Defense Date


Document Type


Degree Name

Master of Science



First Advisor

Weijun Xiao, Ph.D

Second Advisor

Xuejun Wen. M.D, Ph.D.

Third Advisor

Peter E. Pidcoe, PT, DPT, Ph.D.

Fourth Advisor

Michael J. Cabral, Ph.D.


Human footwear is not yet designed to optimally relieve pressure on the heel of the foot. Proper foot pressure assessment requires personal training and measurements by specialized machinery. This research aims to investigate and hypothesize about Preferred Transition Speed (PTS) and to classify the gait phase of explicit variances in walking patterns between different subjects. An in-shoe wearable pressure system using Android application was developed to investigate walking patterns and collect data on Activities of Daily Living (ADL). In-shoe circuitry used Flexi-Force A201 sensors placed at three major areas: heel contact, 1st metatarsal, and 5th metatarsal with a PIC16F688 microcontroller and Bluetooth module. This method provides a low-cost instantaneous solution to both wear and records plantar foot simultaneously. Data acquisition used internal local memory to store pressure logs for offline data analysis. Data processing used the perpendicular slope to determine peak pressure and time of index. Statistical analysis can utilize to discover foot deformity. The empirical results in one subject showed weak linearity between normal and fast walk and a significant difference in body weight acceptance between normal and slow walk. In addition, T-test hypothesis testing between two healthy subjects, with , illustrated a significant difference in their Initial Contact pressure and no difference between their peak-to-peak time interval. Preferred Transition Speed versus VGRF was measured in 19 subjects. The experiments demonstrated that vertical GRF averagely increased 18.46% when the speed changed from 50% to 75% of PTS with STD 4.78. While VGRF increased 21.24% when the speed changed from 75% to 100% of PTS with STD 7.81. Finally, logistic regression between 12 healthy subjects demonstrated a good classification with 82.6% accuracy between partial foot bearing and their normal walk.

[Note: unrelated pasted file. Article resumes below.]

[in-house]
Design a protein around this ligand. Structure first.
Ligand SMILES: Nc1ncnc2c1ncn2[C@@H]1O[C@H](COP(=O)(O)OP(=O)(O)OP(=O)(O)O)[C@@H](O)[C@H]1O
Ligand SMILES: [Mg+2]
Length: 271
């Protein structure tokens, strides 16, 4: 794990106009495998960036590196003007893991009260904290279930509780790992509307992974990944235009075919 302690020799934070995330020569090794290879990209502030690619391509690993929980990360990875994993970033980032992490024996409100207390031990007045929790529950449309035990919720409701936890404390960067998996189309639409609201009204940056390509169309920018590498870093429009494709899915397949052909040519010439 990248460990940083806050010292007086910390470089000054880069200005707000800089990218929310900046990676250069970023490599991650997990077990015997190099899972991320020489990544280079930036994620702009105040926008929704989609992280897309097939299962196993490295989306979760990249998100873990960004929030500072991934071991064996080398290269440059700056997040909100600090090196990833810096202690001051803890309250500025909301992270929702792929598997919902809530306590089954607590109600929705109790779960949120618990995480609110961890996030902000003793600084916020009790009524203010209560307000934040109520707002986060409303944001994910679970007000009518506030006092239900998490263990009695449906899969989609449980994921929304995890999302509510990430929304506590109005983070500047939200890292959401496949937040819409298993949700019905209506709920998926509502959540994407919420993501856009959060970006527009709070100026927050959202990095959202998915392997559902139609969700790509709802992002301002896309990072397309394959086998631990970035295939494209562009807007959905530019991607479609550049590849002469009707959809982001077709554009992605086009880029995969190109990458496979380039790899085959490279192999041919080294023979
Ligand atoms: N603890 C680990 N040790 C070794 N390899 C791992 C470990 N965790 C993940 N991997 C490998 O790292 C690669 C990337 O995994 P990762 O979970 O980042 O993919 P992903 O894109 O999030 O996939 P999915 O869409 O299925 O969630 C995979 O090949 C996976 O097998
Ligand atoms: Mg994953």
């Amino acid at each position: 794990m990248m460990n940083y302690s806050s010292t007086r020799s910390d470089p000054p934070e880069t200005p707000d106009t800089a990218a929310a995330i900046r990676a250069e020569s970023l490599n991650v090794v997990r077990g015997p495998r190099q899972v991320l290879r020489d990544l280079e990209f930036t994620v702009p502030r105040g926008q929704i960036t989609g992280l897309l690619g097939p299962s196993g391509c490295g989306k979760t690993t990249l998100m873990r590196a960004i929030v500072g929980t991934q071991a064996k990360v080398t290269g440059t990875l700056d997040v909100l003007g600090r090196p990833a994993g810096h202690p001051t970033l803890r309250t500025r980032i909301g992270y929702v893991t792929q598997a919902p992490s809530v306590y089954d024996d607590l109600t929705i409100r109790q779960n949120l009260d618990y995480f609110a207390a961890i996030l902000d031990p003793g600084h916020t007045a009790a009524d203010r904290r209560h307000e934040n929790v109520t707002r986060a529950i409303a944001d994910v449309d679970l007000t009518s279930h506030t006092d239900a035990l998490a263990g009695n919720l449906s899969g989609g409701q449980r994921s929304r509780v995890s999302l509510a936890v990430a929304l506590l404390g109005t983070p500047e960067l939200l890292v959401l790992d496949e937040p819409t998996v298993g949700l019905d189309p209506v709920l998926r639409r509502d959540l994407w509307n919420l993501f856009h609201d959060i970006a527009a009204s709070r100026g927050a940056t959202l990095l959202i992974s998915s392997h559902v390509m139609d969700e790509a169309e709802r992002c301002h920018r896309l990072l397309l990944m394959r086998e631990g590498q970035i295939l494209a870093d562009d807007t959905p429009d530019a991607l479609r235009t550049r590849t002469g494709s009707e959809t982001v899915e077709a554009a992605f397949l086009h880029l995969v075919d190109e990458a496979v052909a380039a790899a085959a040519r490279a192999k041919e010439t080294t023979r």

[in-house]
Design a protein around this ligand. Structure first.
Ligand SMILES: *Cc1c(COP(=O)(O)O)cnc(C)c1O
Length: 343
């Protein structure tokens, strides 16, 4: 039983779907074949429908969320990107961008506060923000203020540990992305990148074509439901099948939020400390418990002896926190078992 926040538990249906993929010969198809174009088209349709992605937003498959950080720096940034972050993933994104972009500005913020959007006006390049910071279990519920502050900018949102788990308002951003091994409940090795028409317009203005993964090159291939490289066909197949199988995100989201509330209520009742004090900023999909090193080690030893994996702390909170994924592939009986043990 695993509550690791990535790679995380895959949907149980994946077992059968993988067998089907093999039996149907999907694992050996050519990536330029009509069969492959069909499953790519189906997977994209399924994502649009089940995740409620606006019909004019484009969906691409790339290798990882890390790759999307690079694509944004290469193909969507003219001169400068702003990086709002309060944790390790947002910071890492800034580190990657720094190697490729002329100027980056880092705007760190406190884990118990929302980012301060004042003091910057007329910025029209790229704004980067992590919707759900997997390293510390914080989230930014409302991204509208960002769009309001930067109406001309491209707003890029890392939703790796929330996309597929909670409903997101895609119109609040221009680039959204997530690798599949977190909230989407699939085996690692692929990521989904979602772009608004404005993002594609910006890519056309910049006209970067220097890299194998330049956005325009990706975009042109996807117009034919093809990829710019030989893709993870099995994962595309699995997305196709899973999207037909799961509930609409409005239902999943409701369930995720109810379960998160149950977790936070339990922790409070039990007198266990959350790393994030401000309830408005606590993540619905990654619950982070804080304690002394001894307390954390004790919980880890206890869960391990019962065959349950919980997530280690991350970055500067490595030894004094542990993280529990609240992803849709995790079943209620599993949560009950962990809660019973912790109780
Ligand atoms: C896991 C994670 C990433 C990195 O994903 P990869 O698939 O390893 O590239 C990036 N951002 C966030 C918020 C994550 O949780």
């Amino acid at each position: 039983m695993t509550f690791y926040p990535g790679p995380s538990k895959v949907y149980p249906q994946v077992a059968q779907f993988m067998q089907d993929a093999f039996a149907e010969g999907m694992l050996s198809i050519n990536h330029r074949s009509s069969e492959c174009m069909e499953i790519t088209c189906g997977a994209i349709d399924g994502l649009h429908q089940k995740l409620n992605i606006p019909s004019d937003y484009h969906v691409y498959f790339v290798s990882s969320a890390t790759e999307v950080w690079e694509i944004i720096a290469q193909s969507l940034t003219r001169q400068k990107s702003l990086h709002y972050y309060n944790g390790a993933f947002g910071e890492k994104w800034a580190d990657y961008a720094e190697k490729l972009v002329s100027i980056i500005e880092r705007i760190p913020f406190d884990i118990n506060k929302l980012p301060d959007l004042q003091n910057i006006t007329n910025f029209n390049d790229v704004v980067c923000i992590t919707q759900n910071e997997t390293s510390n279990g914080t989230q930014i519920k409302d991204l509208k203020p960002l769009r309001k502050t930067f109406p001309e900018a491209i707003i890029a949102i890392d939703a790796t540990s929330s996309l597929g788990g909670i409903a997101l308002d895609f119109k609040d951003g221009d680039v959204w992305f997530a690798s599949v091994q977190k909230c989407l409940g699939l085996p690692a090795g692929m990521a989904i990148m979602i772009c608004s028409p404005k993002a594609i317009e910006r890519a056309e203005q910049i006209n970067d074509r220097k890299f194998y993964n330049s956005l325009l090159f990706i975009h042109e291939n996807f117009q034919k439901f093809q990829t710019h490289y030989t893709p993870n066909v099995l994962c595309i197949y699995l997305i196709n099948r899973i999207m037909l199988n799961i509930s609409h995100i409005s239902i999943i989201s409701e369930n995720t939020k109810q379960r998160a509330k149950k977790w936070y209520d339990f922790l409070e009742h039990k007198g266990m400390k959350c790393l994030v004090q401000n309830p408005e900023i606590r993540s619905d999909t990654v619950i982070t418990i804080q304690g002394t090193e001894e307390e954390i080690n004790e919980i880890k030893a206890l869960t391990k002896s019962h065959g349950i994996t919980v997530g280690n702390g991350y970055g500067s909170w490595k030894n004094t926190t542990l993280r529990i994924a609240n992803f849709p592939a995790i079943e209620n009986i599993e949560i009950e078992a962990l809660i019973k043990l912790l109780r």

© The Author

Is Part Of

VCU University Archives

Is Part Of

VCU Theses and Dissertations

Date of Submission